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Opening Night Dinner - (5:30pm) Third Annual Winter Carnival of New Work
Click the Register button above to buy tickets!
Saturday's delicious menu includes:
Assorted Cheeses and Fruit
Naturally Raised Local Beef
Roasted Red Organic Potatoes
with herbs and garlic
Fennel and Sweet Red Pepper and Citrus Slaw
Light and crunchy
Chocolate Raspberry Cake
5:30pm, Saturday, January 21
Performance Included in your ticket! A $10 savings!
About the show:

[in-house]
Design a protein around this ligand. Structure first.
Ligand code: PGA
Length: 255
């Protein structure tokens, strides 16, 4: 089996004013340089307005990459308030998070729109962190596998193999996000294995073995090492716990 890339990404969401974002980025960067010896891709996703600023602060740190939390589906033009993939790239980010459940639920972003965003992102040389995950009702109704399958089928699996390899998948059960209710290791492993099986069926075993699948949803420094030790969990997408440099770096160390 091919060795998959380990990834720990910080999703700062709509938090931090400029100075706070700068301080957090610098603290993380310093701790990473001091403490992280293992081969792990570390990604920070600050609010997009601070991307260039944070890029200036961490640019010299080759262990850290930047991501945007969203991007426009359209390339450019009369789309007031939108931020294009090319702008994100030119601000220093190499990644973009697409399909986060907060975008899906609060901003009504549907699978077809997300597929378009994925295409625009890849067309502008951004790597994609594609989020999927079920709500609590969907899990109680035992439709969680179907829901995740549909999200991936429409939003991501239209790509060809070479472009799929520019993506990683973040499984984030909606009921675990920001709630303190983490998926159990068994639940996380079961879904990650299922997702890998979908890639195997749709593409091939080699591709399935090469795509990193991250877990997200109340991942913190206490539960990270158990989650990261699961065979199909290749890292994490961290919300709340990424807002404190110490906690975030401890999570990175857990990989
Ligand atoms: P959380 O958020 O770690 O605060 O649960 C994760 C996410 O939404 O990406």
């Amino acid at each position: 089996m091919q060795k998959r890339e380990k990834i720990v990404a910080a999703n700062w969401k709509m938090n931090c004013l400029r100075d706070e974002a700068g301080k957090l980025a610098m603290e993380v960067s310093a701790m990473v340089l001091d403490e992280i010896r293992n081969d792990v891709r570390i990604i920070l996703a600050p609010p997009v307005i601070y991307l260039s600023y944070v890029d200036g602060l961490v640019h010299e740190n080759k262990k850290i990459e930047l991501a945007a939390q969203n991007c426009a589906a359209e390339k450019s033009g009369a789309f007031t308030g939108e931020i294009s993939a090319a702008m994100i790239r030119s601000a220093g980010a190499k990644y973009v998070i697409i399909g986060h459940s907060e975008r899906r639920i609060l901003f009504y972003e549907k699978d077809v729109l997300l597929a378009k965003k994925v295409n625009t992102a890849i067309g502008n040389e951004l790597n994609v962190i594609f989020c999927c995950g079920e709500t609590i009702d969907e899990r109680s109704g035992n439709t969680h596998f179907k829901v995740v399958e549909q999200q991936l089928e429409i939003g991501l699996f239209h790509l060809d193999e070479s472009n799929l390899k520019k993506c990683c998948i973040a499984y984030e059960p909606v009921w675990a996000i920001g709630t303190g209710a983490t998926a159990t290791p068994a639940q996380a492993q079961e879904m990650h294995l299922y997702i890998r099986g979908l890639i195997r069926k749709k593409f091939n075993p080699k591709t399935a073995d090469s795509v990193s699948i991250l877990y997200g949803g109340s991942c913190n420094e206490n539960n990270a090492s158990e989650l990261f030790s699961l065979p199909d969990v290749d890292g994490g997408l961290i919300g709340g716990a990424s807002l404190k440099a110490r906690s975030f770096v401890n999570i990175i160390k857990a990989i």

Hubbard Hall’s Third Annual Winter Carnival of New Work features The Farming Plays Project, an ensemble-based new work created in collaboration with hundreds of local public school students and members of the farming community in Washington and Rensselaer counties. The play, a tapestry of poetry, stories, scenes and monologues culled from approximately 20 hours of interviews and over 50 hours of free workshops in Cambridge, Greenwich and Hoosick Falls Public Schools, will be performed by an ensemble of ten local artists, including members of the farming community. Running approximately 45 minutes, each performance will be accompanied by a post-show discussion about issues found in the play and not found in the play. While this Winter Carnival focuses on a single theme and piece, the cast and creative team will be editing and reworking the piece throughout the run based on audience responses. So audiences have an opportunity to see a piece truly developed over the course of seven public performances. “From the very beginning of this process, I knew we’d be skimming the surface of this very important discussion in this first year, just given the timing and our capacity,” says Hubbard Hall Executive & Artistic Director David Snider. “There are so many people we have yet to interview and hear from and many issues raised but not fleshed out in this first piece. I’ve come to think of The Farming Plays Project as an ongoing, multi-year project. We could – and probably will – explore and discuss farming for many years to come as a community-based arts center. Farming is the heart and soul of our region, so it’d hard to be truly community-based and not engage with it in some small but deep way. We hope this piece helps raise awareness of current issues and appreciation for the extraordinarily difficult work done in our community to feed the world on a daily basis.”
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